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In a recent post, we demonstrated how Power View can produce compelling visualizations of Twitter conversations. Several readers asked about the possibility of tracking sentiment in Power View. The answer is unequivocally YES; you can, in fact, produce compelling visualizations that reveal the public stance on a product or brand. Whether you want to know how the Tweeting public views your newest product or find out the success of a conference, Power View can provide a good indication of public opinion.
Let’s look at an example. We revisited the Twitter dataset to measure the subjective stance of a single event: the men’s gold medal basketball game between the United States and Spain.
Modeling Public Mood and Emotion: an Imperfect Science
Since we captured unstructured Twitter data, we were able to re-map our original data model to include sentiment. Using the Twitter Sentiment 140 API, we tagged each Tweet as Positive, Neutral or Negative. Before we proceed, it’s important to note that sentiment tracking tools are an imperfect science, typically requiring human intervention to filter false positives. For the purpose of this demonstration, we skipped the tedious manual labor step, so please accept the results with a few grains of salt, now on with the show.
Check out our previous post for details about how we setup the databases, data feeds, tables, and reports. Remapping the data simply required importing a revised set of keywords, sentiment data, country filters, and related categories.
Sample of tables imported from SQL Server 2012 database into Power View to begin building interactive reports
Tweet Volume by Day
For our first visualization, we took the pulse on the general mood of Tweeters over the course of the games, as well as the breakdown of Tweets by date and day of the week. No real surprises here: most Tweets were neutral—indicating a high volume of amplified news, event updates, and general Summer Games chatter.
An example of a report analyzing the sentiment and volume of tweets related to the London Games by date and weekday
We can filter this view for additional insight, including sentiment and volume by country, language, time frame, or a range of keywords—specific sports, events, or participants (as we’ll demonstrate below).
Twitter Volume by Events
Let’s focus on a single event—one with a high volume of Tweets that’ll provide a rich dataset to drill into. We sampled the overall volume of events to determine the event with the highest conversation rate.
Basketball and Soccer received the most mentions on Twitter during the London Games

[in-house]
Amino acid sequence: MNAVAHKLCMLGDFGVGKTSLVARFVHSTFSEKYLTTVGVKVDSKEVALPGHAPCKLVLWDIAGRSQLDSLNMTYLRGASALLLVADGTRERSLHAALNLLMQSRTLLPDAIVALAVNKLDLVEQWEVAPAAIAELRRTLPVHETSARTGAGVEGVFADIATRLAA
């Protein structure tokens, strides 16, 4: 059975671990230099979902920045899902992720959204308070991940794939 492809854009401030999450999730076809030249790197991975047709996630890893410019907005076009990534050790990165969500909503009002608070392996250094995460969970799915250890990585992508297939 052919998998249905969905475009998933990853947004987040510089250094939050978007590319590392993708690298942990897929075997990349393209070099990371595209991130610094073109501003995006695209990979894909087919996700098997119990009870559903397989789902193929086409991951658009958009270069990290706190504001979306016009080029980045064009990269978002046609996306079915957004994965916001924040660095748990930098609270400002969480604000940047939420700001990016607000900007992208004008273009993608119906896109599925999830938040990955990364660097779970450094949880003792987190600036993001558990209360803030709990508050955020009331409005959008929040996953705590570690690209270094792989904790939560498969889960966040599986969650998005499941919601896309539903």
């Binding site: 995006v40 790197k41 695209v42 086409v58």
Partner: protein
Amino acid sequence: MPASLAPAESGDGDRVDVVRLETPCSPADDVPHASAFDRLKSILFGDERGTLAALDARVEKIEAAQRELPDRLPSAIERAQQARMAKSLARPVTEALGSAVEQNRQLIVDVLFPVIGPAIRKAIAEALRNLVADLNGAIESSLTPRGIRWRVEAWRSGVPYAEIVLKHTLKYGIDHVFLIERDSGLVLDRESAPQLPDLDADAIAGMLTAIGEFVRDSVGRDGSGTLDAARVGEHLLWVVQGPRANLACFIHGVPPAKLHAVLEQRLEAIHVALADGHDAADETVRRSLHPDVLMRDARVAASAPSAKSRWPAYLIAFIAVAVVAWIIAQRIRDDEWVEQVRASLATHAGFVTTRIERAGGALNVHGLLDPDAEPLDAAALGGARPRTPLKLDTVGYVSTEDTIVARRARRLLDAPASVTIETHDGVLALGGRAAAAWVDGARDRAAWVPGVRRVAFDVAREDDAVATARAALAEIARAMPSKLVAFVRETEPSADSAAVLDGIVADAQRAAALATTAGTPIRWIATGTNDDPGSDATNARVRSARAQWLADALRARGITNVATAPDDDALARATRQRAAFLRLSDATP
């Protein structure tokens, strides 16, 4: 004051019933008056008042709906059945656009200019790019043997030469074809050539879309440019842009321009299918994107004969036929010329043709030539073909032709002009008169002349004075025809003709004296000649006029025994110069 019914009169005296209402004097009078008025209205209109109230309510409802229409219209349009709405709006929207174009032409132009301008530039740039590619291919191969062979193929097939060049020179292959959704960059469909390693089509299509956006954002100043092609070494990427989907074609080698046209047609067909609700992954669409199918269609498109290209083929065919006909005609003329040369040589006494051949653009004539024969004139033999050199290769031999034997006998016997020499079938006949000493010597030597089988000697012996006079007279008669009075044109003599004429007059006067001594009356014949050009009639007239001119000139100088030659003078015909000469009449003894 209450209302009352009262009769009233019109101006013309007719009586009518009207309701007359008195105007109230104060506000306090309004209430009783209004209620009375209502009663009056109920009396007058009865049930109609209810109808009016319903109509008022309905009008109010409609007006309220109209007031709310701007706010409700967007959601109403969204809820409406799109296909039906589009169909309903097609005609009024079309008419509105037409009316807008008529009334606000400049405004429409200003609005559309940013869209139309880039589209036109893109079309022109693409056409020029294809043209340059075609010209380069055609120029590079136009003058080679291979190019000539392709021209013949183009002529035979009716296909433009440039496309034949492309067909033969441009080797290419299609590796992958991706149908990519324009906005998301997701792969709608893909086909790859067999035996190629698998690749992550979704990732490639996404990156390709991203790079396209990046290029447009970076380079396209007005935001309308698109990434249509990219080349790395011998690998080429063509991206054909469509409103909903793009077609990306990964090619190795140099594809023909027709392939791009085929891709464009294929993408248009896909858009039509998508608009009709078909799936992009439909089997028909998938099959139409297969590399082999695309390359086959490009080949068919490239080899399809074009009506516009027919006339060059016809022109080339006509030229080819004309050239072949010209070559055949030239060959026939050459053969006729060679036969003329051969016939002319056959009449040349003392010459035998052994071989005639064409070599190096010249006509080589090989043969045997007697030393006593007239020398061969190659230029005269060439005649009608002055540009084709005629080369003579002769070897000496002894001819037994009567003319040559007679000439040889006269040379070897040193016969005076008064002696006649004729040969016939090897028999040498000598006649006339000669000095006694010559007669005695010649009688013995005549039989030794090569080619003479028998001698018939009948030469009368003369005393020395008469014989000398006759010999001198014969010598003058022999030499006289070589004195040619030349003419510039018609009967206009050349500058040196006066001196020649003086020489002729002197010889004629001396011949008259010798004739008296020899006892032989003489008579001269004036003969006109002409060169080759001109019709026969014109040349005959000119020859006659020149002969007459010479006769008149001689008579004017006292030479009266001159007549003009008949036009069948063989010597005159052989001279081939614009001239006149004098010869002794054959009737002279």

Basketball and Soccer are the clear winners in a photo finish. We selected basketball for our demo since the term is universally used—otherwise, we’d need to track and compile both ‘soccer’ and ‘football’—definitely doable, but it’d take a few extra steps.
A Courtside Seat to Twitter Chatter
On August 11th 2012, the U.S. and Spanish national teams competed for gold at the London Games. Digging deeper using keyword and sentiment analysis, we uncovered the most talked-about players during the men’s gold medal match.
We created a column chart to drill into rows of our data table, specifically sentiment value of all players on the U.S. and Spanish national teams in the time frame during and immediately following the gold medal match.
Kobe Bryant, Marc Gasol and LeBron James received the most mentions on Twitter during the men’s gold medal basketball game
If the all-star team was determined by Twitter volume and sentiment, the starting line-up would include L.A. Lakers shooting guard Kobe Bryant (U.S. national team), the dominant force on the Twitter court; Memphis Grizzlies power forward Marc Gasol (Spain), Miami Heat small forward LeBron James (U.S.), L.A. Lakers power forward Pau Gasol (Spain), and Oklahoma City Thunder small forward Kevin Durant (U.S.). Based on our data, the line-up would hear an earful of cheers and jeers, with only Durant escaping negative chatter (and Anthony Davis somehow missing out on positive feedback).
Tracking Sentiment in the Real World
This demonstration gives you a sense of the possibilities of visualizing Twitter trends and sentiment using Power View and it’s just a taste of the real-world applications. Obvious uses include tracking customer sentiment for your products, brands and activities, like trade events. Or analyzing customer emails to track key support issues. By tracking feeds from real-time data, your company can reduce response times and isolate potential issues before they become problems. No promises, however, that Power View can change the outcome of your gold medal match.
Visualizing Global Positive and Negative Sentiment from Captured Tweets of the Summer Games by Country
Experience Power View Today!
To play with and learn more about Power View be sure to check out the interactive demos on the Microsoft BI website. To experience Power View as part of the Excel 2013 Preview go to the Office 2013 Preview website and select the “For Enterprise” sign-up.